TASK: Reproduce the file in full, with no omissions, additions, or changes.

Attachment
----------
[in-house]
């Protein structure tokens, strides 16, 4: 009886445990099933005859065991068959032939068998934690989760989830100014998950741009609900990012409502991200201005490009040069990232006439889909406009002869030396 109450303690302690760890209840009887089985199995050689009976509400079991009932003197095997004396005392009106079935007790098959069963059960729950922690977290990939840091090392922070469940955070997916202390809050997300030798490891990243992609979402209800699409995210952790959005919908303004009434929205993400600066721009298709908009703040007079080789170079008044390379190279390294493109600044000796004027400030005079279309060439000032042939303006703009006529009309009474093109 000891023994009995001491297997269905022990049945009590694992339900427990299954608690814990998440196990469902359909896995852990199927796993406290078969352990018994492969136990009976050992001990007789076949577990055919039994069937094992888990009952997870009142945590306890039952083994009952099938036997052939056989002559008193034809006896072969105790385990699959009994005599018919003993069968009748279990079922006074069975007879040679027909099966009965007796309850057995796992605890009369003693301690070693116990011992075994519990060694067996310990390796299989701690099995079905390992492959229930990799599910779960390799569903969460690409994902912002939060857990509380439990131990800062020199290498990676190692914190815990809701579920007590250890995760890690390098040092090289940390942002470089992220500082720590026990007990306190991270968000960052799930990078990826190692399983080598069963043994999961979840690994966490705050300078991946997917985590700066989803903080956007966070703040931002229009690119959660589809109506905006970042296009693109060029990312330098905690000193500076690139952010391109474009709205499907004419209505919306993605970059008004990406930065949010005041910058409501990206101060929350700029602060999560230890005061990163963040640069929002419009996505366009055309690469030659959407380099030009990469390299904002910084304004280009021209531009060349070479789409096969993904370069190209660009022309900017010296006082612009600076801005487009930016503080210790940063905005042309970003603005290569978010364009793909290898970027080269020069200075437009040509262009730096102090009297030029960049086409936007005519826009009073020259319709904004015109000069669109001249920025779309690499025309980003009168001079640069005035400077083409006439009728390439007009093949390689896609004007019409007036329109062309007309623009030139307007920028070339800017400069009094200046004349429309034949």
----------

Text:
[in-house]
């Protein structure tokens, strides 16, 4: 009886445990099933005859065991068959032939068998934690989760989830100014998950741009609900990012409502991200201005490009040069990232006439889909406009002869030396 109450303690302690760890209840009887089985199995050689009976509400079991009932003197095997004396005392009106079935007790098959069963059960729950922690977290990939840091090392922070469940955070997916202390809050997300030798490891990243992609979402209800699409995210952790959005919908303004009434929205993400600066721009298709908009703040007079080789170079008044390379190279390294493109600044000796004027400030005079279309060439000032042939303006703009006529009309009474093109 000891023994009995001491297997269905022990049945009590694992339900427990299954608690814990998440196990469902359909896995852990199927796993406290078969352990018994492969136990009976050992001990007789076949577990055919039994069937094992888990009952997870009142945590306890039952083994009952099938036997052939056989002559008193034809006896072969105790385990699959009994005599018919003993069968009748279990079922006074069975007879040679027909099966009965007796309850057995796992605890009369003693301690070693116990011992075994519990060694067996310990390796299989701690099995079905390992492959229930990799599910779960390799569903969460690409994902912002939060857990509380439990131990800062020199290498990676190692914190815990809701579920007590250890995760890690390098040092090289940390942002470089992220500082720590026990007990306190991270968000960052799930990078990826190692399983080598069963043994999961979840690994966490705050300078991946997917985590700066989803903080956007966070703040931002229009690119959660589809109506905006970042296009693109060029990312330098905690000193500076690139952010391109474009709205499907004419209505919306993605970059008004990406930065949010005041910058409501990206101060929350700029602060999560230890005061990163963040640069929002419009996505366009055309690469030659959407380099030009990469390299904002910084304004280009021209531009060349070479789409096969993904370069190209660009022309900017010296006082612009600076801005487009930016503080210790940063905005042309970003603005290569978010364009793909290898970027080269020069200075437009040509262009730096102090009297030029960049086409936007005519826009009073020259319709904004015109000069669109001249920025779309690499025309980003009168001079640069005035400077083409006439009728390439007009093949390689896609004007019409007036329109062309007309623009030139307007920028070339800017400069009094200046004349429309034949």